Overall, there is little to recommend this book. The picture of Classics is outdated at best. Studies of, and courses, on the ancient world have been including the poor, women, slaves, and non-Romans for some time now.3 Rare is the department without a course on women in antiquity. Moreover, classicists have embraced theory, certainly some more than others, but Lacan, Derrida, Bahktin, White, Foucault, et al. have made their ways into the mainstays of classical research. Gender theory has moved so far beyond the "woman= private, man= public" dichotomy that such statements are expected only from an undergraduate, if then.4 That the social and cultural context of a text matters has been the subject of debate depending on the reason for citing the text, but the idea is nothing new. The assertion that we as scholars must be aware of our own personal agendas and political stances and how these affect the work we produce is something that has gained some attention but a greater amount of self-awareness is certainly in order. Ultimately, however, because Toner's own example ends up looking more at the elite and the effects of political change on the elite, he undermines his own arguments about what Roman history should be. Toner's warning that Classics and Roman history (and maybe Greek too?) must grow and change in order to remain relevant is worth heeding, but the suggestion that great changes have not already occurred is just flat wrong.


1.  See "'What These Women Love is the Sword': The Performers and their Audiences" in Gladiators and Caesars: the Power of Spectacle in Ancient Rome. ed. by Eckart Koehne and Cornelia Ewigleben. Berkeley: University of California Press, 2000. pp.125-139, esp. 125-128.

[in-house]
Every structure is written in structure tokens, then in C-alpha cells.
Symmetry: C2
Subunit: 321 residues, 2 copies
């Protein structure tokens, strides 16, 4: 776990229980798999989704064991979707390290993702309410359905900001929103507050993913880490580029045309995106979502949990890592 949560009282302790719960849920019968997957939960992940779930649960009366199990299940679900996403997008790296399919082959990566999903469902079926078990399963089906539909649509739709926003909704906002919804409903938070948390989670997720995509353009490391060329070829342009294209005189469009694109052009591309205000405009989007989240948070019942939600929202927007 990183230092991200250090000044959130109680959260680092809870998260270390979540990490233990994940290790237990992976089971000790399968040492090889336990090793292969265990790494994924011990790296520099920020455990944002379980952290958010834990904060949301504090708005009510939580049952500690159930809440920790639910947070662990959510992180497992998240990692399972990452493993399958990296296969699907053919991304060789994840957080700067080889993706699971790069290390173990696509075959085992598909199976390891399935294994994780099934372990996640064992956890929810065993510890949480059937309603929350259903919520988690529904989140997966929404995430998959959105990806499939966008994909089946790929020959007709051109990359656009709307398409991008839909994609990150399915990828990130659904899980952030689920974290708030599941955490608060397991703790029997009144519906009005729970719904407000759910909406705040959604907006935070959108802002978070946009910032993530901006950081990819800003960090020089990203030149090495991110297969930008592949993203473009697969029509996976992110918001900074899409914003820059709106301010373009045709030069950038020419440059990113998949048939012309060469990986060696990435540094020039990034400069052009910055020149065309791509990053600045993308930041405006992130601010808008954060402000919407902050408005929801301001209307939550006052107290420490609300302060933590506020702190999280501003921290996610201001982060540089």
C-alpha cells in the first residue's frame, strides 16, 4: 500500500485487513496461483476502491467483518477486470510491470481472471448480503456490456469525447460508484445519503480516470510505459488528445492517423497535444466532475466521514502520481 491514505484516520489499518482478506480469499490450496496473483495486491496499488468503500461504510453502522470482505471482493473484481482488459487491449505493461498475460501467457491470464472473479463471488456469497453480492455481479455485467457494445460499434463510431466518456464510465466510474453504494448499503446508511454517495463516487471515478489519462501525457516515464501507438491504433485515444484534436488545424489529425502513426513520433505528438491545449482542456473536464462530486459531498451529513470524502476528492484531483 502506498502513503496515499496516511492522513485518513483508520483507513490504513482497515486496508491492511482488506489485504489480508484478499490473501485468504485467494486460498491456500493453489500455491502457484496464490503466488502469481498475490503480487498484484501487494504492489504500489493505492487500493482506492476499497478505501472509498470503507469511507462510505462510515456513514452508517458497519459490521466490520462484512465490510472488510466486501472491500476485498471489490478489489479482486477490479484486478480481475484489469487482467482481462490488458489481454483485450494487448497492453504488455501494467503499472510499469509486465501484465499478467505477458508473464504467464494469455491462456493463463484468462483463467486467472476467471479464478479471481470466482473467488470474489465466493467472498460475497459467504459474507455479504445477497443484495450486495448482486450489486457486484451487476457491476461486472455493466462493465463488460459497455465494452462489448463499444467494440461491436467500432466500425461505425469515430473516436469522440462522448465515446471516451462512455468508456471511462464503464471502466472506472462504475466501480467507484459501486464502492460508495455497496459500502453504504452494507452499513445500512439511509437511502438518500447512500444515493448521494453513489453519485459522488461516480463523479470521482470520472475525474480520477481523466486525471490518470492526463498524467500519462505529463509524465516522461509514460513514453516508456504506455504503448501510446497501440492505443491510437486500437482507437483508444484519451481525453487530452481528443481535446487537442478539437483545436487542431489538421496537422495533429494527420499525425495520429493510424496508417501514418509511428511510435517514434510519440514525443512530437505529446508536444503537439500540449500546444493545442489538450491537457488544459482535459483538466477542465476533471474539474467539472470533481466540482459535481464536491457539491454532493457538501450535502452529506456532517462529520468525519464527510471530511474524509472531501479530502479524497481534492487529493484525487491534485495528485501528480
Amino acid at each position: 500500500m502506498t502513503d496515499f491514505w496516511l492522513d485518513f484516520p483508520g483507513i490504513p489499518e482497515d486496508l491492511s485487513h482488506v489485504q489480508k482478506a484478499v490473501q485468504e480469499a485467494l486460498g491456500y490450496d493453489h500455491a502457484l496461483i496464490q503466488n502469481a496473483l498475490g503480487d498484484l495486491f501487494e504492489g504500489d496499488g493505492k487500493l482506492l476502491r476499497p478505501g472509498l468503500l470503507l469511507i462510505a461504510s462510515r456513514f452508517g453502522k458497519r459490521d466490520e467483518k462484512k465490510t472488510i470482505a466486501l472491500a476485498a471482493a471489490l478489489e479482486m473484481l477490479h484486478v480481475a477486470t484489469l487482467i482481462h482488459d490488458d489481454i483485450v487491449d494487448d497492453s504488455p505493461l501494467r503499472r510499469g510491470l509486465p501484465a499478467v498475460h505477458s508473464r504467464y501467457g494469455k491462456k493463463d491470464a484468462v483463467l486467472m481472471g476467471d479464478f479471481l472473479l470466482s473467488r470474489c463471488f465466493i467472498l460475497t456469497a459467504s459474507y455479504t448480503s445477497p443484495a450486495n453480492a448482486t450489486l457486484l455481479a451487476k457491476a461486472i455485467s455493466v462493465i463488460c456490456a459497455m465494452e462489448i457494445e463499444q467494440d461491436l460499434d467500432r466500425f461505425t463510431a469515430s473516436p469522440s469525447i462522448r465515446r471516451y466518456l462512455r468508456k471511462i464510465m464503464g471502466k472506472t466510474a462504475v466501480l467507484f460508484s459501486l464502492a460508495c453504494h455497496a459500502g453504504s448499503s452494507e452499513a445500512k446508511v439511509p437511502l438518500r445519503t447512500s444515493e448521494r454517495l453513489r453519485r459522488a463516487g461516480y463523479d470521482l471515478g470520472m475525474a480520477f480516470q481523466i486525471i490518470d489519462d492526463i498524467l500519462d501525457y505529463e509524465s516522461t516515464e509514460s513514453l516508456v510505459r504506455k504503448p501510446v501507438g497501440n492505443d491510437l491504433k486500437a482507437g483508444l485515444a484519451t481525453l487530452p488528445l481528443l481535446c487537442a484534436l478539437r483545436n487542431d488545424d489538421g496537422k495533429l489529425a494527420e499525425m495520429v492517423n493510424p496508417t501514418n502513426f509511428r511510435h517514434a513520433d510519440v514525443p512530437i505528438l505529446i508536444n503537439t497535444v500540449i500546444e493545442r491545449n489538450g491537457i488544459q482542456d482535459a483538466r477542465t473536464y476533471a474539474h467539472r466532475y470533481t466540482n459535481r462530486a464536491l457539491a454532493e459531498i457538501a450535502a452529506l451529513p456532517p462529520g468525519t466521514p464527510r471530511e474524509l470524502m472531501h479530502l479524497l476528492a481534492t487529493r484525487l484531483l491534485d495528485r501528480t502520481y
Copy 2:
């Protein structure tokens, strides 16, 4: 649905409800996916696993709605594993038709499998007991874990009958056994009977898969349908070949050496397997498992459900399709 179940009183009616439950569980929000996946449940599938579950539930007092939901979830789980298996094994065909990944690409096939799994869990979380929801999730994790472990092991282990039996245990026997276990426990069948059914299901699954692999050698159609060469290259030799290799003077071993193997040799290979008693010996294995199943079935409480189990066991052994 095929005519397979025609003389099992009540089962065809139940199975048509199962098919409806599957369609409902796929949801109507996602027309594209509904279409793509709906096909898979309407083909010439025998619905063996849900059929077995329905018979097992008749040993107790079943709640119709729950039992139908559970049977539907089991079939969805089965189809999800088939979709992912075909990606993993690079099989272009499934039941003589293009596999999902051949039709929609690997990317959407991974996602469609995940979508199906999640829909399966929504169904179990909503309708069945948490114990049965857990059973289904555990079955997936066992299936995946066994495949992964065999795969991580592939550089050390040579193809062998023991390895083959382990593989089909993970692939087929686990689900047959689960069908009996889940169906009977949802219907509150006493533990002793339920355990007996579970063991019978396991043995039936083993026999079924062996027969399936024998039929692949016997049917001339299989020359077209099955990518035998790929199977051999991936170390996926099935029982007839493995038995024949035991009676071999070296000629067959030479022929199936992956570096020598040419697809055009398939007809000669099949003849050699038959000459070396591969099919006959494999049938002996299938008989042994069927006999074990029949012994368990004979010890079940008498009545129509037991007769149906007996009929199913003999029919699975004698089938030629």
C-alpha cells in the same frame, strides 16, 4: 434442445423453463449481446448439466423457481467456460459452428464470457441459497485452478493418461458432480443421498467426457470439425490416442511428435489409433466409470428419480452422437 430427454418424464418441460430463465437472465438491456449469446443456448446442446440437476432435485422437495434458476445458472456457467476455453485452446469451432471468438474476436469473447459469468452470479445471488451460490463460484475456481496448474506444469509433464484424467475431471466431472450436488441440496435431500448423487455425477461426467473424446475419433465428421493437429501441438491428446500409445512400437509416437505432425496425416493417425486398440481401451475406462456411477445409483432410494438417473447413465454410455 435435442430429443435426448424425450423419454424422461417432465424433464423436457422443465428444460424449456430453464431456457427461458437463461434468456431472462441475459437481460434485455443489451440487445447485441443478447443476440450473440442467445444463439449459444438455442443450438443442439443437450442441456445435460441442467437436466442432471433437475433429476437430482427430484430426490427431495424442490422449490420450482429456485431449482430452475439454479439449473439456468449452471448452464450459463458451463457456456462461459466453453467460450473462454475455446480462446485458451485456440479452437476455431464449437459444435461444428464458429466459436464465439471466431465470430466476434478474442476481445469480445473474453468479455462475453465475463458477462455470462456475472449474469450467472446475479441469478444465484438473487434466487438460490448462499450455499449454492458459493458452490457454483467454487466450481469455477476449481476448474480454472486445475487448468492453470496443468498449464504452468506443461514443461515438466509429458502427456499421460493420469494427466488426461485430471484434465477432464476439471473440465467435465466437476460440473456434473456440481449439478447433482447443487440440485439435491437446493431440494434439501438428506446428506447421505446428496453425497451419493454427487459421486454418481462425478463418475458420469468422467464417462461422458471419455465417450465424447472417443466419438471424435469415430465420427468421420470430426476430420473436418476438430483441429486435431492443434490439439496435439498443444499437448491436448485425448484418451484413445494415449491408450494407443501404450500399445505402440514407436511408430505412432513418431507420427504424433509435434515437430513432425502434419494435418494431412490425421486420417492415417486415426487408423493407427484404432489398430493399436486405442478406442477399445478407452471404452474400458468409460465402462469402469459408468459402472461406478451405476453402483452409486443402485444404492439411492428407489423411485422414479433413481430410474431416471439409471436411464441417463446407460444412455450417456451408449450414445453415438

2.   Textual problems are most evident in this chapter. Virtus and fortuna appear both in italics and in standard type. On p. 88, the final sentence of the last full paragraph has too many verbs "...they could become attain posthumous Roman status." On p. 89, the "form" in the sixth sentence should be "from."
3.   Previous studies which address the non-elite are too numerous to list, but the work of a few scholars deserve mention: Keith Bradley's Slaves and Masters in the Roman Empire (1982) both looks at the non-elite and provides a bibliography of other such works. Sandra Joshel's Work, Identity, and Legal Status at Rome (1992) uses inscriptions to explore the way work creates identity for slaves, freedmen and freedwomen, and the working poor. Susan Treggiari's studies include both works on freedmen and on slave and working women and date from 1969. Peter Garnsey, Keith Hopkins, and Beryl Rawson have all produced studies on the non-elite for over thirty years.
4.  Feminist Theory and the Classics. eds. N. S. Rabinowitz and A. Richlin. New York: Routledge, 1993 and Barbara McManus' Classics and Feminism: Gendering the Classics. New York: Twayne Pubs., 1997, are two works which explicitly explore theory and Classics. Examples of the use of other theoretical approaches could go on indefinitely, however, Marilyn Skinner's "Valedictory" in TAPA 130 (2000), pp. 459-460, explicitly expresses an established scholar's receptiveness to new theoretical approaches, especially the psychoanalytical methodologies of Lacan.